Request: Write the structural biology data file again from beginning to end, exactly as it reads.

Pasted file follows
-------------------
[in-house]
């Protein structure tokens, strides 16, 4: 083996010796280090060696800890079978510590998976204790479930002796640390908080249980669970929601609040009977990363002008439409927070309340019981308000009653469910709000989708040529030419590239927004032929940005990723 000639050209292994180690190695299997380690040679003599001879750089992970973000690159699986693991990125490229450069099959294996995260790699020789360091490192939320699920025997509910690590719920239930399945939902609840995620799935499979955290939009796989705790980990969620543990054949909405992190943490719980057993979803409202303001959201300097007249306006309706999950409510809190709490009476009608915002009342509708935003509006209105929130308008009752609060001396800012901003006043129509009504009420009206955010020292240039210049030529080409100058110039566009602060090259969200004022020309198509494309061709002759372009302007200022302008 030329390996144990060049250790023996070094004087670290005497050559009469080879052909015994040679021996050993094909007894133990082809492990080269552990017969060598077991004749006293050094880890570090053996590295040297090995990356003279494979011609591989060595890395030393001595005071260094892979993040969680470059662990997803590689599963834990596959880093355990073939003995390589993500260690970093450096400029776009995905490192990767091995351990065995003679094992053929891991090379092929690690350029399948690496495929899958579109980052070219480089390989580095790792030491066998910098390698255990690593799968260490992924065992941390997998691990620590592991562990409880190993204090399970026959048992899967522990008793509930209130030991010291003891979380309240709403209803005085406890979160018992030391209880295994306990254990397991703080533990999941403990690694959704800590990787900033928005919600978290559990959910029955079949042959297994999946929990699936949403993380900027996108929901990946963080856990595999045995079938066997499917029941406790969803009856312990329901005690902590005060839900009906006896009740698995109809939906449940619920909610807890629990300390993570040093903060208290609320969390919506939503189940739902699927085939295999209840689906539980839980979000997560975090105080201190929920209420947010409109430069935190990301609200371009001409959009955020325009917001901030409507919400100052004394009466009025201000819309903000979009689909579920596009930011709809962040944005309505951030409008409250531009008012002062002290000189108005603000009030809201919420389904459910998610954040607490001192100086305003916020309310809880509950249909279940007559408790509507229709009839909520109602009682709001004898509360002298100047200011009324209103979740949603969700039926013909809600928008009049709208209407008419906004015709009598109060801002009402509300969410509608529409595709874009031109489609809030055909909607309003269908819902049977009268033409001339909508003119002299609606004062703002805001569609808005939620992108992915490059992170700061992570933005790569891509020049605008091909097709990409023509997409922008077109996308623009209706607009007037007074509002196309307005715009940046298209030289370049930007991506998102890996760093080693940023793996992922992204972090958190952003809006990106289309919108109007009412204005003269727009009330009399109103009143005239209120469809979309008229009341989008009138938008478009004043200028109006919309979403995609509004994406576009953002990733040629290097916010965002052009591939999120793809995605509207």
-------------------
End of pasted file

[in-house]
């Protein structure tokens, strides 16, 4: 083996010796280090060696800890079978510590998976204790479930002796640390908080249980669970929601609040009977990363002008439409927070309340019981308000009653469910709000989708040529030419590239927004032929940005990723 000639050209292994180690190695299997380690040679003599001879750089992970973000690159699986693991990125490229450069099959294996995260790699020789360091490192939320699920025997509910690590719920239930399945939902609840995620799935499979955290939009796989705790980990969620543990054949909405992190943490719980057993979803409202303001959201300097007249306006309706999950409510809190709490009476009608915002009342509708935003509006209105929130308008009752609060001396800012901003006043129509009504009420009206955010020292240039210049030529080409100058110039566009602060090259969200004022020309198509494309061709002759372009302007200022302008 030329390996144990060049250790023996070094004087670290005497050559009469080879052909015994040679021996050993094909007894133990082809492990080269552990017969060598077991004749006293050094880890570090053996590295040297090995990356003279494979011609591989060595890395030393001595005071260094892979993040969680470059662990997803590689599963834990596959880093355990073939003995390589993500260690970093450096400029776009995905490192990767091995351990065995003679094992053929891991090379092929690690350029399948690496495929899958579109980052070219480089390989580095790792030491066998910098390698255990690593799968260490992924065992941390997998691990620590592991562990409880190993204090399970026959048992899967522990008793509930209130030991010291003891979380309240709403209803005085406890979160018992030391209880295994306990254990397991703080533990999941403990690694959704800590990787900033928005919600978290559990959910029955079949042959297994999946929990699936949403993380900027996108929901990946963080856990595999045995079938066997499917029941406790969803009856312990329901005690902590005060839900009906006896009740698995109809939906449940619920909610807890629990300390993570040093903060208290609320969390919506939503189940739902699927085939295999209840689906539980839980979000997560975090105080201190929920209420947010409109430069935190990301609200371009001409959009955020325009917001901030409507919400100052004394009466009025201000819309903000979009689909579920596009930011709809962040944005309505951030409008409250531009008012002062002290000189108005603000009030809201919420389904459910998610954040607490001192100086305003916020309310809880509950249909279940007559408790509507229709009839909520109602009682709001004898509360002298100047200011009324209103979740949603969700039926013909809600928008009049709208209407008419906004015709009598109060801002009402509300969410509608529409595709874009031109489609809030055909909607309003269908819902049977009268033409001339909508003119002299609606004062703002805001569609808005939620992108992915490059992170700061992570933005790569891509020049605008091909097709990409023509997409922008077109996308623009209706607009007037007074509002196309307005715009940046298209030289370049930007991506998102890996760093080693940023793996992922992204972090958190952003809006990106289309919108109007009412204005003269727009009330009399109103009143005239209120469809979309008229009341989008009138938008478009004043200028109006919309979403995609509004994406576009953002990733040629290097916010965002052009591939999120793809995605509207």